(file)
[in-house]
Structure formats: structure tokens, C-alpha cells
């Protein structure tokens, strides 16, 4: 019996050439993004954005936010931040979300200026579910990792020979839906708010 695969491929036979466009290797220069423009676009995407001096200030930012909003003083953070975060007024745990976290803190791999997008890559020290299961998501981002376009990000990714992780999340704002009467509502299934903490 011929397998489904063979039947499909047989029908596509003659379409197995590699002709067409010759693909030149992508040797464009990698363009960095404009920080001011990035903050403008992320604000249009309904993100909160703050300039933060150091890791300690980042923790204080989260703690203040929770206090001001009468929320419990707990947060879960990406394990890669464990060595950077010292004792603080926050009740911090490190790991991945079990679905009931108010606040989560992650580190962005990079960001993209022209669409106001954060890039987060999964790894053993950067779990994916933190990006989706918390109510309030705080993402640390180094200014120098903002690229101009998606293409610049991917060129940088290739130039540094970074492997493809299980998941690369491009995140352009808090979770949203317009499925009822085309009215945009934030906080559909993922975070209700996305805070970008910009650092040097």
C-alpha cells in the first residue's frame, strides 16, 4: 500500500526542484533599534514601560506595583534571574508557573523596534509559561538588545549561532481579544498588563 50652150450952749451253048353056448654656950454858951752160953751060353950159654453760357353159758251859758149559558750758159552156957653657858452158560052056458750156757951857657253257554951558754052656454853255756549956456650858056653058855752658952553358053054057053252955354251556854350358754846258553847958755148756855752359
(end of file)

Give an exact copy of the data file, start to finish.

[in-house]
Structure formats: structure tokens, C-alpha cells
């Protein structure tokens, strides 16, 4: 019996050439993004954005936010931040979300200026579910990792020979839906708010 695969491929036979466009290797220069423009676009995407001096200030930012909003003083953070975060007024745990976290803190791999997008890559020290299961998501981002376009990000990714992780999340704002009467509502299934903490 011929397998489904063979039947499909047989029908596509003659379409197995590699002709067409010759693909030149992508040797464009990698363009960095404009920080001011990035903050403008992320604000249009309904993100909160703050300039933060150091890791300690980042923790204080989260703690203040929770206090001001009468929320419990707990947060879960990406394990890669464990060595950077010292004792603080926050009740911090490190790991991945079990679905009931108010606040989560992650580190962005990079960001993209022209669409106001954060890039987060999964790894053993950067779990994916933190990006989706918390109510309030705080993402640390180094200014120098903002690229101009998606293409610049991917060129940088290739130039540094970074492997493809299980998941690369491009995140352009808090979770949203317009499925009822085309009215945009934030906080559909993922975070209700996305805070970008910009650092040097």
C-alpha cells in the first residue's frame, strides 16, 4: 500500500526542484533599534514601560506595583534571574508557573523596534509559561538588545549561532481579544498588563 50652150450952749451253048353056448654656950454858951752160953751060353950159654453760357353159758251859758149559558750758159552156957653657858452158560052056458750156757951857657253257554951558754052656454853255756549956456650858056653058855752658952553358053054057053252955354251556854350358754846258553847958755148756855752359